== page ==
Convocation reflects on past and looks to future


Cassie Long

During convocation on Aug. 30 in Rice Auditorium, keynote speaker Harold Jackson reflects on his time at Baker and how he went from the projects in Birmingham, Alabama, during the Civil Rights era to becoming a Pulitzer Prize-winning journalist.

Story by Sarah Baker, Editor

Students, faculty and staff filed into Rice Auditorium on Tuesday for the long-standing Baker tradition of convocation to observe the start of the fall term. Following the theme of “Baker Builds Achievers” this convocation emphasized the past, how Baker is growing and what that growth means for the future.

Slideshow photos featuring both old and new photos of various departments and groups through the years – from the science department to the dance team – were projected onto a screen on the Rice Auditorium stage. Students rose as faculty, staff and members of the Board of Trustees entered the auditorium in their academic regalia, accompanied by the music of the BU Brass Ensemble led by Director of Bands Frank Perez.

Minister to the University Reverend Kevin Hopkins gave the opening invocation, followed by President Lynne Murray, who greeted all in attendance. Interim Provost Tes Mehring spoke briefly, introducing the keynote speaker, Pulitzer Prize winner and Baker graduate Harold Jackson.

Because of his journalistic background and preference for print media, Jackson chose to read his speech on paper instead of using a teleprompter. Jackson reflected on his childhood, growing up poor in the projects of in Birmingham, Alabama, during the height of the Civil Rights era and his journey to becoming a Pulitzer Prize winning journalist.

Commenting on his years at Baker, he said that Mungano was an important part of his Baker experience.

“Baker had only had 10 to 15 black students before my class arrived (in 1971), but that year we had about 50 blacks students. We bonded as members of Mungano, a black student group that had formed the year before, in 1970,” Jackson said. “Its members were involved in every aspect of student life: student government, choir, athletics, theater, the Baker Orange, KNBU radio and intramurals. Most black students didn’t join sororities or fraternities, so Mungano also provided much of our social life. It was our source of support when we felt alienated. It made my four years at Baker a better experience.”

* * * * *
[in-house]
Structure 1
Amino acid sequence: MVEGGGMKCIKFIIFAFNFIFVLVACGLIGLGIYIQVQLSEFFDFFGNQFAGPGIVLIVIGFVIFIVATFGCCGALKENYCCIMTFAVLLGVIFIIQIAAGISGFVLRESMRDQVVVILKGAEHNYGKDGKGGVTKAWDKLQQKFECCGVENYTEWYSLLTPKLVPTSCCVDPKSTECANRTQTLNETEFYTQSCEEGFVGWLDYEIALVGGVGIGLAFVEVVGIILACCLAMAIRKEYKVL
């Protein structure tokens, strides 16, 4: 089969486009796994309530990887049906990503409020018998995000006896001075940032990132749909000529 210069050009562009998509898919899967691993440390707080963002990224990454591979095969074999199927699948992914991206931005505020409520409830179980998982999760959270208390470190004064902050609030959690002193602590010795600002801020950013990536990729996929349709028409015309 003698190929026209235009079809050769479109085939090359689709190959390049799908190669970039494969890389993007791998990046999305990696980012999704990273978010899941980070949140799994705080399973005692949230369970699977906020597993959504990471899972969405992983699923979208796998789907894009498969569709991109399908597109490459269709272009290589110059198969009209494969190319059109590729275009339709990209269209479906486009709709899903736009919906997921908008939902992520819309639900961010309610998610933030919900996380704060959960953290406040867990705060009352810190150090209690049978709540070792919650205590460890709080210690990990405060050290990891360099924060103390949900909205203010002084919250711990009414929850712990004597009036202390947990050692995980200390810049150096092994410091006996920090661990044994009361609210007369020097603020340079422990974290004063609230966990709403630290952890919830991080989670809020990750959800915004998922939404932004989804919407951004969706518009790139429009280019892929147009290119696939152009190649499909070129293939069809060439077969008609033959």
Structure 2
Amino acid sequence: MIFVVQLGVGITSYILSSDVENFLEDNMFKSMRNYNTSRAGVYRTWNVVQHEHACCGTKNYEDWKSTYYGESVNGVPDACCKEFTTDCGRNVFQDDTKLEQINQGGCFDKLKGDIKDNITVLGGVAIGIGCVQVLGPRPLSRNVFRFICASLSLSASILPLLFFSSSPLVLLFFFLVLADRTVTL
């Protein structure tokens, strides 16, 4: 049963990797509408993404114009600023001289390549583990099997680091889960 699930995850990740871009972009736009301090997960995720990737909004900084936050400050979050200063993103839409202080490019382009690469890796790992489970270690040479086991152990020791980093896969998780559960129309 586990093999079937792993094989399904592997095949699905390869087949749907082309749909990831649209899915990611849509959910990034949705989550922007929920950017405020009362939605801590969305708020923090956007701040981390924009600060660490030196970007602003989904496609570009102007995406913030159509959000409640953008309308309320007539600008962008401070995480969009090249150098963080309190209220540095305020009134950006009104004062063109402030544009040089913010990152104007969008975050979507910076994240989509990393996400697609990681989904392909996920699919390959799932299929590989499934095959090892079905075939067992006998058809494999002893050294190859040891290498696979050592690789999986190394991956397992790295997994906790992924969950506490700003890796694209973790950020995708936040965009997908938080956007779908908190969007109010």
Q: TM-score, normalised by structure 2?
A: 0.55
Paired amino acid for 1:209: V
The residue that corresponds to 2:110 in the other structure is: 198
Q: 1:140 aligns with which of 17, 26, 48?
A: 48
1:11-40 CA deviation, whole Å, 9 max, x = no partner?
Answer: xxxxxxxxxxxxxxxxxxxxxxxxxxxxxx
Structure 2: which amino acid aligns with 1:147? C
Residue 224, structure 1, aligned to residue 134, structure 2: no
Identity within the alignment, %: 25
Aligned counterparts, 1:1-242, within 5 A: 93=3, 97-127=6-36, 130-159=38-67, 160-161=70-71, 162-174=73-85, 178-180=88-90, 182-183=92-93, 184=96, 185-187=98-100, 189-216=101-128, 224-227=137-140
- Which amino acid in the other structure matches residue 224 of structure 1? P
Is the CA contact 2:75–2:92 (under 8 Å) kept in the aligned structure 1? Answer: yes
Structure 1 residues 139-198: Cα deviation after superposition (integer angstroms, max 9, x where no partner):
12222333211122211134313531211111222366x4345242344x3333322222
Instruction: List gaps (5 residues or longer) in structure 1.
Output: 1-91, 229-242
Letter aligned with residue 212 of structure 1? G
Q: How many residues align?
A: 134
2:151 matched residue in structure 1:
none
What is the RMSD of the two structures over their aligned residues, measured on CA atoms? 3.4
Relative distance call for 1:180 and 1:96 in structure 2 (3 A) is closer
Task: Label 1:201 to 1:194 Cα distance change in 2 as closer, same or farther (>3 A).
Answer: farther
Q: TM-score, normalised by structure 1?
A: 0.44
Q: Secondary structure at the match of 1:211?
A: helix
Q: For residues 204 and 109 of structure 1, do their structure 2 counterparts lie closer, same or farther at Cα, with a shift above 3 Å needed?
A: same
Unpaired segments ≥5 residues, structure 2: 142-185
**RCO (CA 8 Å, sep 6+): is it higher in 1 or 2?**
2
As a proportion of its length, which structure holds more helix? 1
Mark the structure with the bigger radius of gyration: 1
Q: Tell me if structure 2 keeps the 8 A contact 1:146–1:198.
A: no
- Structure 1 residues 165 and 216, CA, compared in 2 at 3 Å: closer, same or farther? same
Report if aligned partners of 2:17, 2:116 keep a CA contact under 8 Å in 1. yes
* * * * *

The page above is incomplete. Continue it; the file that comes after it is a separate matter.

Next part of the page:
After a quick joke about how lousy Baker’s football team was back then, Jackson acknowledged how influential certain Baker professors were to his personal and academic growth and then moved on to the subject of his career in journalism.

Commenting on the changing world of mass media, Jackson advised prospective journalism students to think about the future of the industry and how they could do their part in keeping the industry afloat.

“I am in no way intimidated by this [shift from traditional media] and neither should any of you students who want to pursue a career in journalism. People still want the news, they still want to know what is happening where they live and the rest of the world, but they don’t want to pay for it – good journalism costs money,” he said. “People smarter than me have been trying to figure out how to solve that conundrum – so I urge you, to subscribe to a newspaper, make a donation to public radio; otherwise, what you know about may not be what you have seen or heard, but based on rumor and propaganda. Imagine where that will take you. Imagine where it will take this nation.”

After Jackson exited the stage, an inspirational video showed a few BU alumni giving advice and welcoming new students to campus. A video featuring he class of 2020 followed, bringing a few laughs and giggles from freshmen in the audience upon seeing themselves and their friends talk about their unique talents on screen.

Later that evening, Jackson concluded his visit by appearing at the Baldwin City Public Library, at one of its Celebrating Centennial events planned for this fall. Jackson was one of three panelists discussing the current relationship between media and politics. The panel discussed the current and future state of mass media in both a general and political light.